Film Reviews, Long Review

Gideon of Scotland Yard (1958)

 

2/4

A John Ford film that isn’t a Western is usually a dodgy proposition at best. Masterful director though he was, he very rarely made good films outside of his Monument Valley home ground, and yet, because I’m a sucker who will watch anything the man touched, I routinely decide to put myself through even his most drab, dull films, just for the sake of completism. Gideon’s Day (or Gideon of Scotland Yard  in the UK) is one of many minor and instantly forgettable films the man made throughout his career. He rarely made truly awful films (Donovan’s Reef and a few others to be excepted), but he quite frequently made distinctly average films where one can tell he’s simply waiting for the paycheck.

And so it is here. Starring Jack Hawkins – who even at the best of times was only a mildly competent character actor and certainly not a charismatic lead – we follow his day’s work as a detective in Scotland Yard. A lot of things happen, and very quickly. Within minutes he has to fire another police detective for corruption, deal with a hit-and-run, and a murderer on the loose, whilst also dodging his own parking violations, the cad. None of these various separate threads ever come together and so the film ends up being a series of vignettes rather than a coherently structured work. There are some mildly humorous moments, unsurprising given that the film was scripted by T.E.B Clarke, who wrote a fair few Ealing comedies, including Passport to Pimlico and The Lavender Hill Mob. If anything, the whole film builds up to one admittedly fairly decent punchline, but that’s hardly too impressive a feat.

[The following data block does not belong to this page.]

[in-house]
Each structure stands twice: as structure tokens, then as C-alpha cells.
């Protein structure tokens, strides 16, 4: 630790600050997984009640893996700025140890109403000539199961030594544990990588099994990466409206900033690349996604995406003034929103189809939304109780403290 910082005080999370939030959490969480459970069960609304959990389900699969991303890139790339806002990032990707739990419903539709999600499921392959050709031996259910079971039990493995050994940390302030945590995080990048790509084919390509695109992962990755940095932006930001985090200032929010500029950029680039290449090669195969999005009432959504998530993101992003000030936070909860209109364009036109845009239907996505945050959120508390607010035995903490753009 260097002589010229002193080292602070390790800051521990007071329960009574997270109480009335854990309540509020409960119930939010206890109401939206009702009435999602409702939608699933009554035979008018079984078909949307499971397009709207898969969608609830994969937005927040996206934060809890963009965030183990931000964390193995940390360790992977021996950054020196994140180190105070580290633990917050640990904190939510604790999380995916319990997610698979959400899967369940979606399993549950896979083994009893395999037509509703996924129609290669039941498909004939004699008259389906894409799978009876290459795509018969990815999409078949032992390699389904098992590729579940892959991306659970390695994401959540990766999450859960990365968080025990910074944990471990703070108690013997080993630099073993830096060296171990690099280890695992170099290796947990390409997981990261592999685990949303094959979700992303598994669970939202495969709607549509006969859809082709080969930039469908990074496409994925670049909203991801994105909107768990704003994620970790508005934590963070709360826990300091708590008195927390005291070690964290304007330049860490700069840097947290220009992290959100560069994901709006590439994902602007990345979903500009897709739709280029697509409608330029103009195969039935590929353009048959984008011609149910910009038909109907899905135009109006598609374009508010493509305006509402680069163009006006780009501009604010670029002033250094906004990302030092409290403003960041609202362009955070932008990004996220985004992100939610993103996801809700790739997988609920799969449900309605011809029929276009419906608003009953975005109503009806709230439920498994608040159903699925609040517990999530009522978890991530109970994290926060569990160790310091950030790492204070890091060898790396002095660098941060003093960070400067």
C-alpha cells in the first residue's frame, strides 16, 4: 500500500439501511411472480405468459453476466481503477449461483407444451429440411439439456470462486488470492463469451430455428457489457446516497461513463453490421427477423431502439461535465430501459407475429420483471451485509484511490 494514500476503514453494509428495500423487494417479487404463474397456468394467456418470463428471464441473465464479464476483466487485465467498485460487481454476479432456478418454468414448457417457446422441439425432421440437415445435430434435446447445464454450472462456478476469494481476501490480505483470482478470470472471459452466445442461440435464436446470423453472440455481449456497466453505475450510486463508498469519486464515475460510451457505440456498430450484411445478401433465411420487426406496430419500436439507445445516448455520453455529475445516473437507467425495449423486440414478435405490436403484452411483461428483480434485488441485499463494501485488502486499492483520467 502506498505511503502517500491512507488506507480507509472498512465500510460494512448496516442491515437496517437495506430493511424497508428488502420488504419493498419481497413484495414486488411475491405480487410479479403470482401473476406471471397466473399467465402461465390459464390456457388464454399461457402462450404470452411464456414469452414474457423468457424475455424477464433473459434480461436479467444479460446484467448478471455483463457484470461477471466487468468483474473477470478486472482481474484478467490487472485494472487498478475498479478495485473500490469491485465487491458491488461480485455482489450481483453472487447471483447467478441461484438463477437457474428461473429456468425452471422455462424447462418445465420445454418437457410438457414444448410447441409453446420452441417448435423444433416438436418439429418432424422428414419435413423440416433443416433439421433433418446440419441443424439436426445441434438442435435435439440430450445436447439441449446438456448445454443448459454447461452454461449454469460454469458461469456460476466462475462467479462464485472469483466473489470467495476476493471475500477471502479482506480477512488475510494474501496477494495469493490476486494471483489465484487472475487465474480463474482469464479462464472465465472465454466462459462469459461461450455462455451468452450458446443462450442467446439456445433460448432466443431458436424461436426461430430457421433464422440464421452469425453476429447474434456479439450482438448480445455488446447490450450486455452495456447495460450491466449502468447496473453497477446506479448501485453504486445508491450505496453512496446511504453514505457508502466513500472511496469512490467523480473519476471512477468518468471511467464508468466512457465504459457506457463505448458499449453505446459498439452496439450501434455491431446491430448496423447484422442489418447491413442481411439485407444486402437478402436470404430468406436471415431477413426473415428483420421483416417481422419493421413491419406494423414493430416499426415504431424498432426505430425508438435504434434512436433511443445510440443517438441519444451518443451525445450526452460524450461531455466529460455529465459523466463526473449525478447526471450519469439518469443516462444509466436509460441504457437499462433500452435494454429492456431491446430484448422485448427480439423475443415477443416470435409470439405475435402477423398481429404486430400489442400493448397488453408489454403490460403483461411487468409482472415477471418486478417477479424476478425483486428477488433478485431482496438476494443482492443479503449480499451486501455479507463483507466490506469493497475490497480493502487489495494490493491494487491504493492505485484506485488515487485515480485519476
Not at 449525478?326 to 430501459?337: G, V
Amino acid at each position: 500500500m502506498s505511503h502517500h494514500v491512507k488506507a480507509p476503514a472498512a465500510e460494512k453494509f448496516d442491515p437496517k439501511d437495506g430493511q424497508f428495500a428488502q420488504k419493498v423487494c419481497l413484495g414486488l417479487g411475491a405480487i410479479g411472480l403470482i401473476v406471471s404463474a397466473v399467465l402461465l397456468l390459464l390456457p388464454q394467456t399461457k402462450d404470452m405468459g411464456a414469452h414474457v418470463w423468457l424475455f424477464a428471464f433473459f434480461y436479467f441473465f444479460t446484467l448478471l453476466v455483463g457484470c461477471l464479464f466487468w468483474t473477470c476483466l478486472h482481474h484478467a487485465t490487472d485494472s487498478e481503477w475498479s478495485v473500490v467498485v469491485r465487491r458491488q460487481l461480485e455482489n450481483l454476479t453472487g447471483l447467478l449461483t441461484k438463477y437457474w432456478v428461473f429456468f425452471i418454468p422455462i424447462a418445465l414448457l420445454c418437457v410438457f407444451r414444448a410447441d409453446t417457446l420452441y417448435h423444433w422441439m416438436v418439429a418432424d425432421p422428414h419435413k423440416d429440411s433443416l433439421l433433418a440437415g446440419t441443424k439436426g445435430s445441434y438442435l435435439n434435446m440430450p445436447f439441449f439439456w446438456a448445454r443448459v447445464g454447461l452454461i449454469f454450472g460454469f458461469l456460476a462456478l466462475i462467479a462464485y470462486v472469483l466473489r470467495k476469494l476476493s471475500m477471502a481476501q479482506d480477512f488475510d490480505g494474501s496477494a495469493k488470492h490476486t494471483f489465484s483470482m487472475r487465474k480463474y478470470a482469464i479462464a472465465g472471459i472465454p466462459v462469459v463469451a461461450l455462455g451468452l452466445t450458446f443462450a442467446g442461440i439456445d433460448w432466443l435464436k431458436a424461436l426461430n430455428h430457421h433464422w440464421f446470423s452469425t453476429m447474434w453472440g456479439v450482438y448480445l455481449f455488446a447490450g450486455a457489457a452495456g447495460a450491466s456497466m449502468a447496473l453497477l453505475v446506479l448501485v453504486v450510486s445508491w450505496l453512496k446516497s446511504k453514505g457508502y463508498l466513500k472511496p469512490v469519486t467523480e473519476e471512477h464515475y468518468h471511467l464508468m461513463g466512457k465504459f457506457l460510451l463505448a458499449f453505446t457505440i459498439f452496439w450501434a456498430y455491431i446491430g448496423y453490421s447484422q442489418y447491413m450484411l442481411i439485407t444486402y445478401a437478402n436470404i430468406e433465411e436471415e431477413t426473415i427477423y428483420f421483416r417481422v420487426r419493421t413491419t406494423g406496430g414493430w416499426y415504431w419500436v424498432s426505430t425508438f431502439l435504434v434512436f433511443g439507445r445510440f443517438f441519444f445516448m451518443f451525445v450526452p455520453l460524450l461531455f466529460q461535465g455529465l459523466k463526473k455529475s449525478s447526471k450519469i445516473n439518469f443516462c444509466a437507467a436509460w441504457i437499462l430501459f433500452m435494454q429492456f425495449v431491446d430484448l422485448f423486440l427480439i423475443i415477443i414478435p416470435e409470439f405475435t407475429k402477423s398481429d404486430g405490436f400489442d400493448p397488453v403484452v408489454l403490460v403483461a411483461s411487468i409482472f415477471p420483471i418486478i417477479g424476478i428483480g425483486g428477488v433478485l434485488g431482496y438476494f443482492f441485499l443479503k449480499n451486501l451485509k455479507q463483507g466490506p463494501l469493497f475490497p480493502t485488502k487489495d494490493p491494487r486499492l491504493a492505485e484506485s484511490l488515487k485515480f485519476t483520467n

This being a John Ford film, it also looks pretty at the very least. Whilst Ford was far more comfortable filming the wide open vistas of the Wild West, he makes good use of London here, or at least a studio version of it. In particular, there are some gorgeously moody and smokey night-time scenes here which suggest that Ford could have made a pretty decent film noir director if he ever tried his hand at that, but he was also probably far too sentimental to handle the toughness of that genre. Otherwise, Gideon’s Day is about as forgettable and mediocre as the last piss I took, and though it’s not awful by any means, it’s certainly not worth watching unless you’re a Ford obsessive like me.

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